Private attorney David Konick, a member of the Rappahannock County Board of Zoning Appeals, is counseling the chairman of the Rappahannock County Planning Commission about provisions of the Freedom of Information Act.
“Hopefully, a word to the wise will be sufficient, and you won’t be attacked in the local news-rag of ‘sliding under FOIA’ because in fact, you didn’t ‘slide under’ anything, you violated it,” Konick wrote Friday afternoon to Planning Commission Chair Gary Light.
Konick told Light that at two recent Planning meetings he failed to follow two FOIA provisions, one requiring that when a particular meeting’s materials are furnished to the board they shall simultaneously be made available for public inspection.
“You failed to do this at the Commission’s last work session. The materials you handed out at the start of the meeting were not made available for public inspection until after the meeting was over,” the lawyer told Light via email.
Konick opined that the alleged FOIA violations were “not only rude and inconsiderate to your fellow Commissioners and the public, it is [sic] indicates a lack of respect for the citizens who are interested in the Comp Plan and/or apparent contempt for Principle 9 of the Rappahannock Comprehensive plan” encouraging citizen involvement in the planning process.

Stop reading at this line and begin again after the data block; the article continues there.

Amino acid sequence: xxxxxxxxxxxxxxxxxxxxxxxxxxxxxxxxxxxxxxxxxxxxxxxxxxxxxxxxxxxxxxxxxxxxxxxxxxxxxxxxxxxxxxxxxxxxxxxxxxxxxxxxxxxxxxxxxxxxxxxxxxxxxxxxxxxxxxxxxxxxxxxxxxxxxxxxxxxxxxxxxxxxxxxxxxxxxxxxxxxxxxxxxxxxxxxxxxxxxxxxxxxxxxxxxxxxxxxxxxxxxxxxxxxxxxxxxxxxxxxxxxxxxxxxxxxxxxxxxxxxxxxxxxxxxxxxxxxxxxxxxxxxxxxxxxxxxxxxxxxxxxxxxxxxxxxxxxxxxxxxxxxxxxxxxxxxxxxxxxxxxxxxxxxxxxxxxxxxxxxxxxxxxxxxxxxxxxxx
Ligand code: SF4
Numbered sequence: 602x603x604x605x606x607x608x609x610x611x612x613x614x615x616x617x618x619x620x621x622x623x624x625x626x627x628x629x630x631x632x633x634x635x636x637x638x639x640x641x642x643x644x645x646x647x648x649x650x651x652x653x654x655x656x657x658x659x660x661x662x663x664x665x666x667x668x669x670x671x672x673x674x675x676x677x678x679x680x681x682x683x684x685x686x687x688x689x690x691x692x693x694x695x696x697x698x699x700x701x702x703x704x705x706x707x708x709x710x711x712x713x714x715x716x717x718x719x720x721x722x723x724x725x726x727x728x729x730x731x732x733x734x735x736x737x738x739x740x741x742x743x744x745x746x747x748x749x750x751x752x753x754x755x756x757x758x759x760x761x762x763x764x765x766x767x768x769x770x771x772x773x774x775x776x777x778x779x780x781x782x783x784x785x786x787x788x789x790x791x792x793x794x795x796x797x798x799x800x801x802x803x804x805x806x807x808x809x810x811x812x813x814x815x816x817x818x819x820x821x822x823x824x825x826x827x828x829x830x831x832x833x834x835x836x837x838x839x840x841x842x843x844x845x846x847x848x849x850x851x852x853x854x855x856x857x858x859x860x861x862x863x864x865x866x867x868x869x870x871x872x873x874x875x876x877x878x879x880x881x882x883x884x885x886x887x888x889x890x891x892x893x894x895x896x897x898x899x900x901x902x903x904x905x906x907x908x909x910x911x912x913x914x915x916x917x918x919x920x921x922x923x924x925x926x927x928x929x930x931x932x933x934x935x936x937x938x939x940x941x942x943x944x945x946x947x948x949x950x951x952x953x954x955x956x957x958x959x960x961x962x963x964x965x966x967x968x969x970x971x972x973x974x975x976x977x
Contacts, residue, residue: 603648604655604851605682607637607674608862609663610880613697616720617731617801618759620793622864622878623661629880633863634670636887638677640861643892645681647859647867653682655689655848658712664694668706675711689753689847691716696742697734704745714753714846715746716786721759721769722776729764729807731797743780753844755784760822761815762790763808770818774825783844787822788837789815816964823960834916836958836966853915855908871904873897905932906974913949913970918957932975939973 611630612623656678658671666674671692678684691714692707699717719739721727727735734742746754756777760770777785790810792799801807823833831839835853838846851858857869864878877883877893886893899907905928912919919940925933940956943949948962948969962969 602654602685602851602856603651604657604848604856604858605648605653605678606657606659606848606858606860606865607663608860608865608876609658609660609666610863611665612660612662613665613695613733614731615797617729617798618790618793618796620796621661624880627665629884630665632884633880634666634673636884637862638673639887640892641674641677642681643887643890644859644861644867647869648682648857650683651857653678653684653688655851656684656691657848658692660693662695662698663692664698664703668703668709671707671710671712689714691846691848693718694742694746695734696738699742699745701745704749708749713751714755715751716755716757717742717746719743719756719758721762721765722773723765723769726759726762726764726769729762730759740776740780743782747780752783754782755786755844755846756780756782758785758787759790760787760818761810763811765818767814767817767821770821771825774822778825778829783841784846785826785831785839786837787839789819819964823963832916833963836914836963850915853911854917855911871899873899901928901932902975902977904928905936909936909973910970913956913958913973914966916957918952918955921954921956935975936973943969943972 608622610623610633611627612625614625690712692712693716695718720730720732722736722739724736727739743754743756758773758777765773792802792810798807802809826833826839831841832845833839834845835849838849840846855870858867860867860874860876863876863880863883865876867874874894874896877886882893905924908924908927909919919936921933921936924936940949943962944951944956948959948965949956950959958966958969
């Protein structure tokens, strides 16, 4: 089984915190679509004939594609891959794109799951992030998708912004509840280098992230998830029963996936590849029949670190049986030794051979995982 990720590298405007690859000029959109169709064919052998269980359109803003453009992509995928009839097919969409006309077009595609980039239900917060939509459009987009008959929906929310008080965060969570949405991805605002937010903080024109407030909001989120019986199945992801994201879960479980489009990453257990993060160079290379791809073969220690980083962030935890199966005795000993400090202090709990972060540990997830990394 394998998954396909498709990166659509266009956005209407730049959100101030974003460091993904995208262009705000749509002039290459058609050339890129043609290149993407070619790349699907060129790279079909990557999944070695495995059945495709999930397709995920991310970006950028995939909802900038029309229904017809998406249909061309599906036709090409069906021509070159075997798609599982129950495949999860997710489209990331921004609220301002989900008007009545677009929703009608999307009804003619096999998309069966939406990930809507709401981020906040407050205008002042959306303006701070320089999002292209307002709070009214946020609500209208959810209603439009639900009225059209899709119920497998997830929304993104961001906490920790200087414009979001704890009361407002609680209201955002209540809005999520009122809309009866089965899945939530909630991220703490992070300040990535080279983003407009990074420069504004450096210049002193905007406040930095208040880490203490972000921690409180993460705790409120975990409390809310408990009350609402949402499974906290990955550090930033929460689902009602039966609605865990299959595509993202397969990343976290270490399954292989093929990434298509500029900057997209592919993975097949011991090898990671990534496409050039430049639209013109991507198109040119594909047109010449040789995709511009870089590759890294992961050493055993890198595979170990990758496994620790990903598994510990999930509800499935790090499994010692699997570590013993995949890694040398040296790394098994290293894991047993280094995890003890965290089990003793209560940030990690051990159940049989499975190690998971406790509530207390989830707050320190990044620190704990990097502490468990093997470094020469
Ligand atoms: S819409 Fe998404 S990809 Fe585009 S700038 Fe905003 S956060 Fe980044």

The lawyer suggested from the public’s viewpoint “it appears many of your actions is [sic] intended to stifle public comment and participation, not to encourage or promote it, starting with your arbitrary and capricious ‘three minute’ rule on public comment at meetings, and your failure to provide the public, via board dox or otherwise, of draft documents and other materials that are provided to or circulated among the members prior to the meetings.”
Secondly, Konick informed Light that at the regular Planning Commission meeting this week “you seemed unaware that all public bodies must keep minutes of all their meetings. The [Virginia] Code specifically provides that ‘meetings’ includes work sessions.”
The attorney warned Light “there are civil penalties” for violating FOIA, “not to mention paying the cost of the other side’s attorney’s fees.” Konick knows of what he speaks. On behalf of Rappahannock llama farmer Marion Bragg, he has filed two lawsuits against the county government surrounding alleged FOIA violations.
Light did not immediately reply to an email from the Rappahannock News seeking response.
“Thanks for taking the time to consider my views and a Happy Easter to you and your family,” Konick concluded his email.